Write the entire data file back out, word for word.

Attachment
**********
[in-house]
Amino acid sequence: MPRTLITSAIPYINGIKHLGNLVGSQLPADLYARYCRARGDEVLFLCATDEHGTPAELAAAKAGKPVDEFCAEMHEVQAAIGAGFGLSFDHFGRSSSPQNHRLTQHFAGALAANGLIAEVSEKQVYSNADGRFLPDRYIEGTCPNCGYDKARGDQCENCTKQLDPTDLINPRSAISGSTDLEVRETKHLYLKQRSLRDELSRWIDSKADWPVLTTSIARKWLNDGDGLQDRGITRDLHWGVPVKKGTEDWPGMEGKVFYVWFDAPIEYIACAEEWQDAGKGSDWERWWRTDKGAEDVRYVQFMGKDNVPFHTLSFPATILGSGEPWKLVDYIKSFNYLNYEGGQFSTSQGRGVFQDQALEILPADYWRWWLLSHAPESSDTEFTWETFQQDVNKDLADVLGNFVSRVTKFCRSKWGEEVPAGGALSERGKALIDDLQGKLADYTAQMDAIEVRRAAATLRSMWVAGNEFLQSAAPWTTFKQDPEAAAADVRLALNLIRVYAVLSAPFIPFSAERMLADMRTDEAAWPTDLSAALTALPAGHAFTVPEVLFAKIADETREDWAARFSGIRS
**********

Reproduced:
[in-house]
Amino acid sequence: MPRTLITSAIPYINGIKHLGNLVGSQLPADLYARYCRARGDEVLFLCATDEHGTPAELAAAKAGKPVDEFCAEMHEVQAAIGAGFGLSFDHFGRSSSPQNHRLTQHFAGALAANGLIAEVSEKQVYSNADGRFLPDRYIEGTCPNCGYDKARGDQCENCTKQLDPTDLINPRSAISGSTDLEVRETKHLYLKQRSLRDELSRWIDSKADWPVLTTSIARKWLNDGDGLQDRGITRDLHWGVPVKKGTEDWPGMEGKVFYVWFDAPIEYIACAEEWQDAGKGSDWERWWRTDKGAEDVRYVQFMGKDNVPFHTLSFPATILGSGEPWKLVDYIKSFNYLNYEGGQFSTSQGRGVFQDQALEILPADYWRWWLLSHAPESSDTEFTWETFQQDVNKDLADVLGNFVSRVTKFCRSKWGEEVPAGGALSERGKALIDDLQGKLADYTAQMDAIEVRRAAATLRSMWVAGNEFLQSAAPWTTFKQDPEAAAADVRLALNLIRVYAVLSAPFIPFSAERMLADMRTDEAAWPTDLSAALTALPAGHAFTVPEVLFAKIADETREDWAARFSGIRS